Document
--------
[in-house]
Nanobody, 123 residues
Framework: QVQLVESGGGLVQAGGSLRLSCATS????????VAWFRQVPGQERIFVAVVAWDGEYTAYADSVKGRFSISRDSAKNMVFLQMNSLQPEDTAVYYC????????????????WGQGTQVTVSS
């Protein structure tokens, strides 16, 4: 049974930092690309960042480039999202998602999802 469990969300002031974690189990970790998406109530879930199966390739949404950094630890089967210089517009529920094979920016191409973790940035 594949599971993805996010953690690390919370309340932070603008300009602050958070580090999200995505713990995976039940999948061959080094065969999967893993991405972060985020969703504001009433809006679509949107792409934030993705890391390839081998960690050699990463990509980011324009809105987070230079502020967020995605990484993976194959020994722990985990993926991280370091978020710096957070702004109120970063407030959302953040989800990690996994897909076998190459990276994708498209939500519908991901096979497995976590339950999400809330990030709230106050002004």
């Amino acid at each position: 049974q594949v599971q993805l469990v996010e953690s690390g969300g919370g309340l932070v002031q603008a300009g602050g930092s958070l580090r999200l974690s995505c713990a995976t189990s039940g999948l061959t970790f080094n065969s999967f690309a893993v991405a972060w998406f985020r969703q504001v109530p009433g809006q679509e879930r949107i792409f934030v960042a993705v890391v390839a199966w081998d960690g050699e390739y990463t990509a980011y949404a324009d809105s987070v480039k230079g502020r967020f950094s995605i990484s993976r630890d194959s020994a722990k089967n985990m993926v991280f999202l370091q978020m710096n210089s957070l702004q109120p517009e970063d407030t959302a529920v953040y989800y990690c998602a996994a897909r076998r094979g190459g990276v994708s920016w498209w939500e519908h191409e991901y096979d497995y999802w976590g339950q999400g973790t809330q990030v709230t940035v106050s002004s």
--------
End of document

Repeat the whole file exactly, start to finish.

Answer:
[in-house]
Nanobody, 123 residues
Framework: QVQLVESGGGLVQAGGSLRLSCATS????????VAWFRQVPGQERIFVAVVAWDGEYTAYADSVKGRFSISRDSAKNMVFLQMNSLQPEDTAVYYC????????????????WGQGTQVTVSS
């Protein structure tokens, strides 16, 4: 049974930092690309960042480039999202998602999802 469990969300002031974690189990970790998406109530879930199966390739949404950094630890089967210089517009529920094979920016191409973790940035 594949599971993805996010953690690390919370309340932070603008300009602050958070580090999200995505713990995976039940999948061959080094065969999967893993991405972060985020969703504001009433809006679509949107792409934030993705890391390839081998960690050699990463990509980011324009809105987070230079502020967020995605990484993976194959020994722990985990993926991280370091978020710096957070702004109120970063407030959302953040989800990690996994897909076998190459990276994708498209939500519908991901096979497995976590339950999400809330990030709230106050002004």
């Amino acid at each position: 049974q594949v599971q993805l469990v996010e953690s690390g969300g919370g309340l932070v002031q603008a300009g602050g930092s958070l580090r999200l974690s995505c713990a995976t189990s039940g999948l061959t970790f080094n065969s999967f690309a893993v991405a972060w998406f985020r969703q504001v109530p009433g809006q679509e879930r949107i792409f934030v960042a993705v890391v390839a199966w081998d960690g050699e390739y990463t990509a980011y949404a324009d809105s987070v480039k230079g502020r967020f950094s995605i990484s993976r630890d194959s020994a722990k089967n985990m993926v991280f999202l370091q978020m710096n210089s957070l702004q109120p517009e970063d407030t959302a529920v953040y989800y990690c998602a996994a897909r076998r094979g190459g990276v994708s920016w498209w939500e519908h191409e991901y096979d497995y999802w976590g339950q999400g973790t809330q990030v709230t940035v106050s002004s």